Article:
Impact of the new Land Acquisition Bill on a home buyer
After the passage of the Food Security Bill, the Lok Sabha on Thursday gave its nod to adopt the Land Acquisition, Rehabilitation and Resettlement Bill. While the welcoming of the bill in the Lok Sabha is seen as a populist measure at a time when the country is heading into an election year, the real estate industry is unsettled and is concerned about the outcome. The bill is expected to push up the property prices and will prove to be an adverse crash on affordable housing projects. On the other hand, from the point of view of the government, it is believed that the Bill will ensure smooth procedure and lesser delays in getting land for development. Let us look at the impact the bill will have on the home buyers, land owners and the developers:
New rules and impact on Home buyers:
- Most property developers have land parcels for next few years of construction and development; however, with the land bill on the table the housing segment will be affected as the increased cost will play a negative impact on the new projects, their viability and later possessions.
- The cost to be paid for acquiring a land will ultimately be reflected and will put the burden on the homebuyers’ pockets. Eventually, there will be increase in the sale price of the properties thus becoming an affordability issue for the Indian home buyers.
- Some provisions of the bill are applicable from retrospective effect, this will create chaos in the market as the developers will re-calibrate the project cost and some of it will be recovered from existing home buyers. This can lead to increase in litigations.
- The provision to take agreement of 80% land owners will be a time taking process leading to delay and further litigation.
New rules and impact on land owners:
- The Bill sets new rules for compensation for land acquired for infrastructure projects and industry. As compensation, the new bill provides for up to four times the market value of land acquired in rural areas and twice the market value in urban areas. This is good news for land owners.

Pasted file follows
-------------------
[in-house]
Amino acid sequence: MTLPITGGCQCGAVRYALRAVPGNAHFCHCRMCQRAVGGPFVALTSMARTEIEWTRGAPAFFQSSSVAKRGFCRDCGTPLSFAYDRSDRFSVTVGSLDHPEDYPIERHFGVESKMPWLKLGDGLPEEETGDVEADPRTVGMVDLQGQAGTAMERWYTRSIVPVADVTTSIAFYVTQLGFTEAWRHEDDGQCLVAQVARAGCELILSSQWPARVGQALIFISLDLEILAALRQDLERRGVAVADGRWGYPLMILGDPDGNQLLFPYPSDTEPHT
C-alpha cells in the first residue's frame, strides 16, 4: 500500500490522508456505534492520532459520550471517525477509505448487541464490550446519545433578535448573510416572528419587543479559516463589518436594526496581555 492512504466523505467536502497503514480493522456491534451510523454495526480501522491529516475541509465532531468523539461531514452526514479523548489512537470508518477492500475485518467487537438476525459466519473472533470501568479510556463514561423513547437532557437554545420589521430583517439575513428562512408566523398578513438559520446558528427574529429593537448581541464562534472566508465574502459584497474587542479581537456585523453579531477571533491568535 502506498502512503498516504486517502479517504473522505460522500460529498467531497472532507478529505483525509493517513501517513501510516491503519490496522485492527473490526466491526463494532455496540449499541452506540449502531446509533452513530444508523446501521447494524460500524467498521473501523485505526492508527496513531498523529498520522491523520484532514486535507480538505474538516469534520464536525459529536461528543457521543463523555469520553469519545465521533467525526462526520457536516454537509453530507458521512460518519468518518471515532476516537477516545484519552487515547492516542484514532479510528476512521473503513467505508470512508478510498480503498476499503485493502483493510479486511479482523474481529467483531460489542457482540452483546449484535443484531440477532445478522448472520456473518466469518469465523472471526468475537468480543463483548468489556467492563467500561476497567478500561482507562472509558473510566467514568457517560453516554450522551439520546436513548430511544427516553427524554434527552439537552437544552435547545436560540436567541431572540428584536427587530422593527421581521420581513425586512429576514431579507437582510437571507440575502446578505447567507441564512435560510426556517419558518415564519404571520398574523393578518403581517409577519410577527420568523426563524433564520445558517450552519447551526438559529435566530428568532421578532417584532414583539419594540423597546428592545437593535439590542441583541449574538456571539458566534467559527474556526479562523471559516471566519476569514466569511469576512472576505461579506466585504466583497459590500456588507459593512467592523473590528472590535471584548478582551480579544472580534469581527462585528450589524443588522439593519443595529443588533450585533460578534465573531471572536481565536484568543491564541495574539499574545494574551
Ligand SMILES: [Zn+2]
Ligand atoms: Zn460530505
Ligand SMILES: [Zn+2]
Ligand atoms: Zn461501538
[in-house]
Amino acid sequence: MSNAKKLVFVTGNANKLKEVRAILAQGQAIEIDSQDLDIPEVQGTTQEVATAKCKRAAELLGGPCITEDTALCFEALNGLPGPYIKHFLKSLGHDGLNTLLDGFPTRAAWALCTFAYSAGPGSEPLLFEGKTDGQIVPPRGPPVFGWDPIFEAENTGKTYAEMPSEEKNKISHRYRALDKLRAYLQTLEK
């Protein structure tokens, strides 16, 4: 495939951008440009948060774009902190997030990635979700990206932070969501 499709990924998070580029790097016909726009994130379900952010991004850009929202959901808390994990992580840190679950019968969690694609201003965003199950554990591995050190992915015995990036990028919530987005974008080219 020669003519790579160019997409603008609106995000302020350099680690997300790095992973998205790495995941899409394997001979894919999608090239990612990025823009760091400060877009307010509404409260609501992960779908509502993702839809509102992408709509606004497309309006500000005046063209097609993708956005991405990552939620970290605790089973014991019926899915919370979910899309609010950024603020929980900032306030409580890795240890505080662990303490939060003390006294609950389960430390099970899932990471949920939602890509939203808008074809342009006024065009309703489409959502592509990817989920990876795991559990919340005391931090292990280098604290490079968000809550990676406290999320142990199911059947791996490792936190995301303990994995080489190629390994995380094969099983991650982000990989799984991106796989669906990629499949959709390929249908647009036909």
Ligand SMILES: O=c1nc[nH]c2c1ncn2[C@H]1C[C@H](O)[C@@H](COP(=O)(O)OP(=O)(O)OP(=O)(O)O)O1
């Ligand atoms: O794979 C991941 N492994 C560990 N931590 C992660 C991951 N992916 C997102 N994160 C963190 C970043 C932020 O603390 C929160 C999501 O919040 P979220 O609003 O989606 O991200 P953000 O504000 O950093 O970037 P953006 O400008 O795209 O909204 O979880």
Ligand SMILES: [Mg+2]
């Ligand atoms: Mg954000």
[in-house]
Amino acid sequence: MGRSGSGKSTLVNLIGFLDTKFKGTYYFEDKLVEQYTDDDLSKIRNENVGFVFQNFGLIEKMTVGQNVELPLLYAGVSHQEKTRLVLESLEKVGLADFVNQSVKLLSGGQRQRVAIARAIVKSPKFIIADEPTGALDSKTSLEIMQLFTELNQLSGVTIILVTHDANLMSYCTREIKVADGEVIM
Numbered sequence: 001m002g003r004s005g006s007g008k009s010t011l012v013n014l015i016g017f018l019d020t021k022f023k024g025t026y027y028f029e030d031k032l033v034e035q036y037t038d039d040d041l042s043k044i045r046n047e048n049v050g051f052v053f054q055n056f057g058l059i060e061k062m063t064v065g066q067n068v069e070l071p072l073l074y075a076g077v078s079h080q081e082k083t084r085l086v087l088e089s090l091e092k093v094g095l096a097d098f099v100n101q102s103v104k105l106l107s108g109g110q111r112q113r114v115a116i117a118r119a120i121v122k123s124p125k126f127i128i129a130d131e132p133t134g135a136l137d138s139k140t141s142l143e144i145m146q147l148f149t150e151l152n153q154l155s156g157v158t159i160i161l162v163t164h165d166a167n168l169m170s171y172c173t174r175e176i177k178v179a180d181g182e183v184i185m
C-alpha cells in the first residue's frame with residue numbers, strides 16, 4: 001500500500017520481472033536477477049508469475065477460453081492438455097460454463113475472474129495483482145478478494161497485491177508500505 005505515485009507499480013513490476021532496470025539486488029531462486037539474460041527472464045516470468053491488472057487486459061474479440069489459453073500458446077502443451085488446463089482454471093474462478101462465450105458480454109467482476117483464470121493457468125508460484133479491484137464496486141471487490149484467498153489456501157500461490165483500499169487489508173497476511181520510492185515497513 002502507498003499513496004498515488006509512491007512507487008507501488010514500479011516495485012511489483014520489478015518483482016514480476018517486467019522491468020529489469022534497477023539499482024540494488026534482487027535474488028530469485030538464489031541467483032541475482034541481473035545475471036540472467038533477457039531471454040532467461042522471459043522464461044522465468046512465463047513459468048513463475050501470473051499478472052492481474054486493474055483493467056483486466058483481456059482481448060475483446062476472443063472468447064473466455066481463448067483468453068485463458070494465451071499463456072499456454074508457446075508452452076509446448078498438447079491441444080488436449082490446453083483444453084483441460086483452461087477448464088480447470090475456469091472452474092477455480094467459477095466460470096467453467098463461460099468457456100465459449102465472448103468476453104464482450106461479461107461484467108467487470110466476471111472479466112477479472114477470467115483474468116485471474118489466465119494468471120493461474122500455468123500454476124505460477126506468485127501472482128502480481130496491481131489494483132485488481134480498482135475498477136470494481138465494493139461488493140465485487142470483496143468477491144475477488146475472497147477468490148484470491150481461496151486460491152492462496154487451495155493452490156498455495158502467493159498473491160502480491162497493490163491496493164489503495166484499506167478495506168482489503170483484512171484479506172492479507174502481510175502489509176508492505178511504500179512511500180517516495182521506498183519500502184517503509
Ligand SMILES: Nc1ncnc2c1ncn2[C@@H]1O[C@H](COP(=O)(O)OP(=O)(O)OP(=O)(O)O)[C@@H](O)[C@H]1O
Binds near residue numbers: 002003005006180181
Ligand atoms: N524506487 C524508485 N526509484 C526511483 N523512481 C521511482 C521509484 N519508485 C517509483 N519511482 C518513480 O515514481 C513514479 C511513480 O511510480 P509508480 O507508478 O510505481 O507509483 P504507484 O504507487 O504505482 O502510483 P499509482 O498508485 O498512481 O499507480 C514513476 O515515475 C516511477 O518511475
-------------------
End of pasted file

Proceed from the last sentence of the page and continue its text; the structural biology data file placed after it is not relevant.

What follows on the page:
- The Bill also provides compensation to those dependent on the land for livelihood; where acquired land is sold to a third party for a higher price, 40% of the appreciated land value (or profit) will be shared with the original owners. This would be exempt from tax and stamp duty.
- There is a provision to keep 20% of the developed land for the use of land owners which is likely to become a bone of contention.
New rules and impact on real estate industry:
- Developers will now have to get the consent of up to 80% of people whose land is acquired for private projects. For public-private partnerships, the approval limit has been set at 70%.
- The industry insiders feel that the cost of land acquisition will most likely increase by about 3.5 times as the buyer has to pay two or four times the market value of a property; the same is said to make the industrial projects unviable and it will raise the costs of the overall Indian economy.
- The value of the land is already high and with the passage of the bill the cost of land is going to increase significantly; it will therefore, make land acquisition more difficult. It is also of the view that as so many approvals are needed before acquiring a land, the entire process will be stretched again making the manufacturing time frame more expensive.
- The passage of the Bill has brought some joyfulness to certain real estate companies that have huge parcels of land in their kitty. However, most of the developers are complaining of the government’s demand of coming out with affordable housing when there is no affordable land.